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G-8 and G-20 leaders on course to disagree

Leaders attending the G-8 and G-20 meetings in Canada will debate – and inevitably disagree – on several issues impacting the global economy. Germany's austerity program and its ban on naked short selling are among them.

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Chancellor Merkel hopes to show President Obama the path to recovery

Maneuvering by some member nations on key economic issues ahead of the global summits have many economic and financial experts wondering about the outcome of the talks.

Last week, US President Barack Obama called on member countries to avoid weakening the global economic recovery by focusing too much on debt reduction.

That plea was firmly rejected on Thursday by the nation that prompted the president's response in the first place: Germany.

Defusing the deficit

In an interview with German public broadcaster ARD on Thursday, Chancellor Angela Merkel said the government would stick to its austerity program. She pointed to a federal deficit of 80 billion euros this year in a budget totaling 320 billion euros, emphasizing an urgency to reduce the deficit.

Frankfurt stock exchange

Germany seeks greater regulation of financial markets

Merkel added that she had told Obama in a phone call that the German government has done much to support economic growth with stimulus measures. The chancellor said that she had made clear to the president that "Germany will do much more for the recovery of the world economy in 2010 than (other countries) on average."

Financial experts say Germany's focus on deficit reduction instead of spending is one of several issues that could divide summit members.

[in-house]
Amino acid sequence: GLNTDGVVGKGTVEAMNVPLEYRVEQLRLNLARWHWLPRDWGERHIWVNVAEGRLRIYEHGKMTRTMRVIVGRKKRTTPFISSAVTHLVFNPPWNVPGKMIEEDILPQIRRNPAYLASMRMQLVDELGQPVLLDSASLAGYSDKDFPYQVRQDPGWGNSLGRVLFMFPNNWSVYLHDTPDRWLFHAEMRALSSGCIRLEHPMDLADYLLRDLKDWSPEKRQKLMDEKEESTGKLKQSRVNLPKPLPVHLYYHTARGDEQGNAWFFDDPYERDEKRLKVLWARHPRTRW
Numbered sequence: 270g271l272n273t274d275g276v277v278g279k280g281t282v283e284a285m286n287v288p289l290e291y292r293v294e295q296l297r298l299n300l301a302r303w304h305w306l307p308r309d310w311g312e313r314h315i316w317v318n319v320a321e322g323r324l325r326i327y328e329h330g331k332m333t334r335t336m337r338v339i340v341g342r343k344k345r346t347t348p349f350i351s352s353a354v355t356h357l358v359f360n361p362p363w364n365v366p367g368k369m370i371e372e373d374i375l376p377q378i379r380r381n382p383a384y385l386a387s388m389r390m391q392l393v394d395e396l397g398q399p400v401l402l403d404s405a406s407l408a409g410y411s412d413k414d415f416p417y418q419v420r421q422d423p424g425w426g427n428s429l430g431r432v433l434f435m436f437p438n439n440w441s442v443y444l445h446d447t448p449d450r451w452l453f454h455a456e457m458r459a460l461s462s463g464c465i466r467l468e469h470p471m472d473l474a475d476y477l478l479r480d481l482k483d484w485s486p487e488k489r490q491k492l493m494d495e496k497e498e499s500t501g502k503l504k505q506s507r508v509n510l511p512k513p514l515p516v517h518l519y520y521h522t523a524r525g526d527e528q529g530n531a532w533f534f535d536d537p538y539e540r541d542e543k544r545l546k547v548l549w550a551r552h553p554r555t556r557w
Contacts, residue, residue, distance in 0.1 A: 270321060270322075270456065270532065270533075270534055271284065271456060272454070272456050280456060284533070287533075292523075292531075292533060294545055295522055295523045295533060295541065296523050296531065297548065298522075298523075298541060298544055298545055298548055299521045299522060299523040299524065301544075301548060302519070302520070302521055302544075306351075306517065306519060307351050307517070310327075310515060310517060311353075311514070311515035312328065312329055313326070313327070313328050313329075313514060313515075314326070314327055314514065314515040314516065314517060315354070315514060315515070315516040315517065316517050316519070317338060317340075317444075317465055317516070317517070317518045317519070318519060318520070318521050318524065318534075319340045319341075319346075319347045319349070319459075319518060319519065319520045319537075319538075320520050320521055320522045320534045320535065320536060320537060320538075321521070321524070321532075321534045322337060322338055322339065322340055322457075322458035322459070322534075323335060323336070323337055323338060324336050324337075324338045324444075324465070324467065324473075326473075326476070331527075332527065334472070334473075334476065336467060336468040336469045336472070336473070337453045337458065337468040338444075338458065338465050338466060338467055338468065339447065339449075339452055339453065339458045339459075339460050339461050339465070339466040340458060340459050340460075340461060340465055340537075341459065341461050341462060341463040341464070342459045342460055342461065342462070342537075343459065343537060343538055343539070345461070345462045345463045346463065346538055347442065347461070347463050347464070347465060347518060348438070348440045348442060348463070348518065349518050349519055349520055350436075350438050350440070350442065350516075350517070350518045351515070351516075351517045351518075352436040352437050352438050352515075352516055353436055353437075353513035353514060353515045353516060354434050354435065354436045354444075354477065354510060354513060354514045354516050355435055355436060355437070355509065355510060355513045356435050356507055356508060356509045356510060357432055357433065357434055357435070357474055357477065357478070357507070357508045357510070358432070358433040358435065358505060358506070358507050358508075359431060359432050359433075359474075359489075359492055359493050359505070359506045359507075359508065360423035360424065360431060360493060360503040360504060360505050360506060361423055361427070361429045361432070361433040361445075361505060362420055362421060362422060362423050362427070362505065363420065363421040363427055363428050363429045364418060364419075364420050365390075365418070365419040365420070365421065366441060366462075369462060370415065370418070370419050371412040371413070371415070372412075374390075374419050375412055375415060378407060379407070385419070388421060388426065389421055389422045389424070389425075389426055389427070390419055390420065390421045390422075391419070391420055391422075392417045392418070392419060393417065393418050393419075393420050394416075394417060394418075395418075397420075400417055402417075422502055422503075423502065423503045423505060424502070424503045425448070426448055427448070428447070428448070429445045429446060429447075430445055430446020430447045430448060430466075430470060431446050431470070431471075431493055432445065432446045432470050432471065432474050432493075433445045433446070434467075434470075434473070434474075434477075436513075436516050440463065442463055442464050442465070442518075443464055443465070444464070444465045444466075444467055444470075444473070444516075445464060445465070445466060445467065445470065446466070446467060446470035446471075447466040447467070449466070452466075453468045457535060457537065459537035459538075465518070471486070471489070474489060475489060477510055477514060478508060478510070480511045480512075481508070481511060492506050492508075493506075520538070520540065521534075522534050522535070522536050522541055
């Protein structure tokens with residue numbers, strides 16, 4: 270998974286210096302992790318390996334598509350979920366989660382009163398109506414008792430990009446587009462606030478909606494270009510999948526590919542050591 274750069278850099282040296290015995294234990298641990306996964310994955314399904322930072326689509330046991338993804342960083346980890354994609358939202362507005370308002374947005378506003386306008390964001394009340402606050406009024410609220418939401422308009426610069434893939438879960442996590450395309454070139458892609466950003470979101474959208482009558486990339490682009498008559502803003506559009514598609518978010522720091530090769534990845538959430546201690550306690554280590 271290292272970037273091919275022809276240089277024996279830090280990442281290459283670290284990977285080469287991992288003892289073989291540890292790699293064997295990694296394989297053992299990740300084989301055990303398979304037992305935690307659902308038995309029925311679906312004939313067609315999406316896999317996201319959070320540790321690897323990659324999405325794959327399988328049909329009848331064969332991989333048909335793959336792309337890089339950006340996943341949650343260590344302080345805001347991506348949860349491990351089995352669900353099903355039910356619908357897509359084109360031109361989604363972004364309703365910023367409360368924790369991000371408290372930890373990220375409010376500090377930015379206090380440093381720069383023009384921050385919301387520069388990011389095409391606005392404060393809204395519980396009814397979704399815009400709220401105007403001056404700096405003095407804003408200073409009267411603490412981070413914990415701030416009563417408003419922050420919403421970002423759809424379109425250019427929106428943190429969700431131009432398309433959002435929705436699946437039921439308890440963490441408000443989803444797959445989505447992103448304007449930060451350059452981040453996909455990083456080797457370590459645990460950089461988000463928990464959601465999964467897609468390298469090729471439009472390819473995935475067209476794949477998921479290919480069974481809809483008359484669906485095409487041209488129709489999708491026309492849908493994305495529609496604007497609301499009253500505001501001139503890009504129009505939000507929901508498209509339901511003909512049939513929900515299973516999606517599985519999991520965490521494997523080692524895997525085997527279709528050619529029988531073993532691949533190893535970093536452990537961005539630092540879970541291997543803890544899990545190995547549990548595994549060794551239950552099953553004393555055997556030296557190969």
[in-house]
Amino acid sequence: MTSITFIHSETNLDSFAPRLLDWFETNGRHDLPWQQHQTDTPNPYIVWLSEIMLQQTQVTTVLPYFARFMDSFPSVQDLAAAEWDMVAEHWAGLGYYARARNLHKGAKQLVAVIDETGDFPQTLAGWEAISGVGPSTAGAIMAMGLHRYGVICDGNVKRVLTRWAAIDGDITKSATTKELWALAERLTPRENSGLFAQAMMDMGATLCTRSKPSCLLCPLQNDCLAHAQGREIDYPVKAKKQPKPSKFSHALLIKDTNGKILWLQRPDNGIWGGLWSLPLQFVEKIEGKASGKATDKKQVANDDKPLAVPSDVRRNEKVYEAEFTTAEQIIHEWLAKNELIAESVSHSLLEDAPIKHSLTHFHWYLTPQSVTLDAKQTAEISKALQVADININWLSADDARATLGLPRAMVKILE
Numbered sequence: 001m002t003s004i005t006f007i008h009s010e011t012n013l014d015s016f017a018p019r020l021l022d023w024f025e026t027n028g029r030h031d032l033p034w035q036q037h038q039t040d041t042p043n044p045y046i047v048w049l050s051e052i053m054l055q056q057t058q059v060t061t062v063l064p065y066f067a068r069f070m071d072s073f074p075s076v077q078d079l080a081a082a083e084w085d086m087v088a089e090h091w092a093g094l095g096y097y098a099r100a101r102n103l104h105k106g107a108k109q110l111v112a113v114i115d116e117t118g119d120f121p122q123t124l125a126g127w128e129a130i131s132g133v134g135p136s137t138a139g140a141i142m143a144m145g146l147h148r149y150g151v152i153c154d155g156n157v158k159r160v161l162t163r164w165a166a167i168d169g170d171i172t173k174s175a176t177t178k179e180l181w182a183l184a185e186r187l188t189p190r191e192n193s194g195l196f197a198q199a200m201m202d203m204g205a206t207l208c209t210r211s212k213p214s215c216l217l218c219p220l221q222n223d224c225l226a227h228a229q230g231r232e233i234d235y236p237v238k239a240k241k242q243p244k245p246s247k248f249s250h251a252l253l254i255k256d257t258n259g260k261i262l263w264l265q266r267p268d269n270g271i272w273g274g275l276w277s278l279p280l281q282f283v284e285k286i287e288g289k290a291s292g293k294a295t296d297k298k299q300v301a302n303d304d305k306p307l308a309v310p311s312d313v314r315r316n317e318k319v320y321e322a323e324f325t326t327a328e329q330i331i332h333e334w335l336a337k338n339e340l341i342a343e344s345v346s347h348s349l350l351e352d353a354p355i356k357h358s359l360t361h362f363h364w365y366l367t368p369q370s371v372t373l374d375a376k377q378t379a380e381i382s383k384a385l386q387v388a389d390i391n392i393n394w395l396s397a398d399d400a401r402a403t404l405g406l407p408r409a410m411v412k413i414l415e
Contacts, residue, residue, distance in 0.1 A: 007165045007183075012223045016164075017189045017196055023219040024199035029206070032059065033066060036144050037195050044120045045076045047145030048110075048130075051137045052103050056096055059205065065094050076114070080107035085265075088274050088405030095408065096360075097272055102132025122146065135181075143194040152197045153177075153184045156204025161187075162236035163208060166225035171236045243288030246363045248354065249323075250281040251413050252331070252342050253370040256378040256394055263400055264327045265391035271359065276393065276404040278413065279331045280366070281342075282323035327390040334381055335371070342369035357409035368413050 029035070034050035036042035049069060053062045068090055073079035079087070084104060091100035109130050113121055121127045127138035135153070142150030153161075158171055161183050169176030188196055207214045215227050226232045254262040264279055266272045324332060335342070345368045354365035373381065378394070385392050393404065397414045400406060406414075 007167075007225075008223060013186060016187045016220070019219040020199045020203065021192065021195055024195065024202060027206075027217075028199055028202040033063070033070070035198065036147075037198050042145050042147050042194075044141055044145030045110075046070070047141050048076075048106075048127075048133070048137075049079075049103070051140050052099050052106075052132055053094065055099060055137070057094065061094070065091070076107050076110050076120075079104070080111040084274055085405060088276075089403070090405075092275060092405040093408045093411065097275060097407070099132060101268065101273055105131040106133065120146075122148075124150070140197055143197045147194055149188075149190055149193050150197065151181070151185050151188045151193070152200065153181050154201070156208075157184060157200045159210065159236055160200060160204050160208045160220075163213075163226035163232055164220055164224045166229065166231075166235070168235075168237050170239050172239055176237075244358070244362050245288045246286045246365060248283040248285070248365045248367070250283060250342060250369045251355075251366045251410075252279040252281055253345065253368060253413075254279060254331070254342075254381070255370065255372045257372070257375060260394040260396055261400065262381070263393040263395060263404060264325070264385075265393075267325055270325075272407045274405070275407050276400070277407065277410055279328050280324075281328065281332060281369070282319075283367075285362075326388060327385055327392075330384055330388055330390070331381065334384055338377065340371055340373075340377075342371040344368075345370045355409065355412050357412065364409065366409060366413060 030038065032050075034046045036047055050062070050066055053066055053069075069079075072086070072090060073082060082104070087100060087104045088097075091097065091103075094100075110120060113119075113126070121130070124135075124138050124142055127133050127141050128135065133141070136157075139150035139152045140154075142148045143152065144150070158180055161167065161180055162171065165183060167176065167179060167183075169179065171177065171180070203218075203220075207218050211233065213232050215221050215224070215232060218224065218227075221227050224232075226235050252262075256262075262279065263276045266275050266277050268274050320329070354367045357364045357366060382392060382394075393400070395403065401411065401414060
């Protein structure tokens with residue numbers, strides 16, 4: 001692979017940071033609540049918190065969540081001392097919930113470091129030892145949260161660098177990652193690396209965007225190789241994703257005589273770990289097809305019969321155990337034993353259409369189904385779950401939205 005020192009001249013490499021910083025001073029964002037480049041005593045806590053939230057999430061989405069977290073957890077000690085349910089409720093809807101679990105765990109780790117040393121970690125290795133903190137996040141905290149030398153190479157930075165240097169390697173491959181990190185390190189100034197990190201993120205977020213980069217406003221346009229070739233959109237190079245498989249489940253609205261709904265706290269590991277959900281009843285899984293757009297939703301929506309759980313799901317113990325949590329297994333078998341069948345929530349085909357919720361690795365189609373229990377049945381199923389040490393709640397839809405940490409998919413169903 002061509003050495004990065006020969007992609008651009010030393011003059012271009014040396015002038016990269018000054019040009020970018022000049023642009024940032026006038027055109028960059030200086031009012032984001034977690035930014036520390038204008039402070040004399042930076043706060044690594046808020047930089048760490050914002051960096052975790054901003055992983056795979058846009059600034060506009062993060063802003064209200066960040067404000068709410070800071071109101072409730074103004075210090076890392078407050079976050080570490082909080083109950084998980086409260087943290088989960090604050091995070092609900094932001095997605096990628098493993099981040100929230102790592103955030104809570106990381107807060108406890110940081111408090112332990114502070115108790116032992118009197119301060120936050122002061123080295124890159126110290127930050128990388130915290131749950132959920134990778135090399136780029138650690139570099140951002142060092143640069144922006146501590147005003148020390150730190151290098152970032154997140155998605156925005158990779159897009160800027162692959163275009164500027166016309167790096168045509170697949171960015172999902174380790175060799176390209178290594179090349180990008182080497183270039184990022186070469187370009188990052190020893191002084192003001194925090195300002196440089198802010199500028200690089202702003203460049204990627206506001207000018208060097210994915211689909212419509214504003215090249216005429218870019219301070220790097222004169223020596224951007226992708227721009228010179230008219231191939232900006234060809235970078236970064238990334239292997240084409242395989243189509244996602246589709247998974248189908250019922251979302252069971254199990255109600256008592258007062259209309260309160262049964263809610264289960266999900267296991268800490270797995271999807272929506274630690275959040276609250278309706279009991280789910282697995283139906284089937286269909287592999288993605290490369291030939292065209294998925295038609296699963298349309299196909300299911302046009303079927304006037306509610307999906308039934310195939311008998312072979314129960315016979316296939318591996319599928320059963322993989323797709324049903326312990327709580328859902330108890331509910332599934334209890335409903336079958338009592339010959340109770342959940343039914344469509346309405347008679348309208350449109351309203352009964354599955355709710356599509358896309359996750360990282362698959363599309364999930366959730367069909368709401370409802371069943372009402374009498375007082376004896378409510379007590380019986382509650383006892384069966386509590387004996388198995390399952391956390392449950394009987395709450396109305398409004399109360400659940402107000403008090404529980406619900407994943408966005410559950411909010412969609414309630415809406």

Germany is a member of the G-8 (Group of Eight), the group of the world's wealthiest nations, with the US, Canada, Britain, France, Italy, Russia and Japan. The G-8 summit precedes the G-20 (Group of 20). The group covers 20 economies, which consists of 19 countries and the European Union. Collectively, it accounts for 85 percent of the global production and more than 80 percent of world trade:

Roiled international partners

Besides its austerity program, Germany has also led the charge on banning "naked" short sales to slow speculators who bet on European governments defaulting on their loans.

A naked short sale is effectively a bet that a certain stock or government bond will lose value. Unlike conventional short selling whereby traders borrow securities to sell and buy back at a profit once their price has fallen, naked short selling leapfrogs the borrowing process altogether and is thus viewed as far riskier form of trading.

Frankfurt financial center

Banks in Germany aren't happy about discussed financial crisis fund

The move has stunned Germany's international partners and roiled financial markets worldwide.

Germany is also a member of a group, including France and the United Kingdom, which is pushing for a new bank charge to help meet costs of dealing with financial crisis.

This issue, together with the austerity program and naked short selling ban, has led to some tension among G-20 members ahead of the summit. All three are areas are likely to result in plenty of disagreement as leaders debate steps to prevent a repeat of the global financial and economic crisis.

German isolation

Some observers believe Berlin could find itself isolated among many of the G-20 members and fail to win support for key measures it seeks, such as greater regulation of financial markets.

The high-level meetings in Canada will also likely include discussion of how China intends to implement its currency adjustment plan, of how the G-20 should respond to global crisis spots and what international sanctions it should maintain or add against Iran.

The Gulf of Mexico oil spill is also a possible discussion point, underscoring a need to shift resources into energy efficiency and renewable energy sources.

However, the environmental group Greenpeace claims it has obtained a draft G-20 statement that essentially reverses last year's commitment to "phase out and rationalize over the medium term inefficient fossil fuel subsidies." The draft includes new wording such as "voluntary, member-specific approaches."

Author: John Blau
Editor: Sam Edmonds

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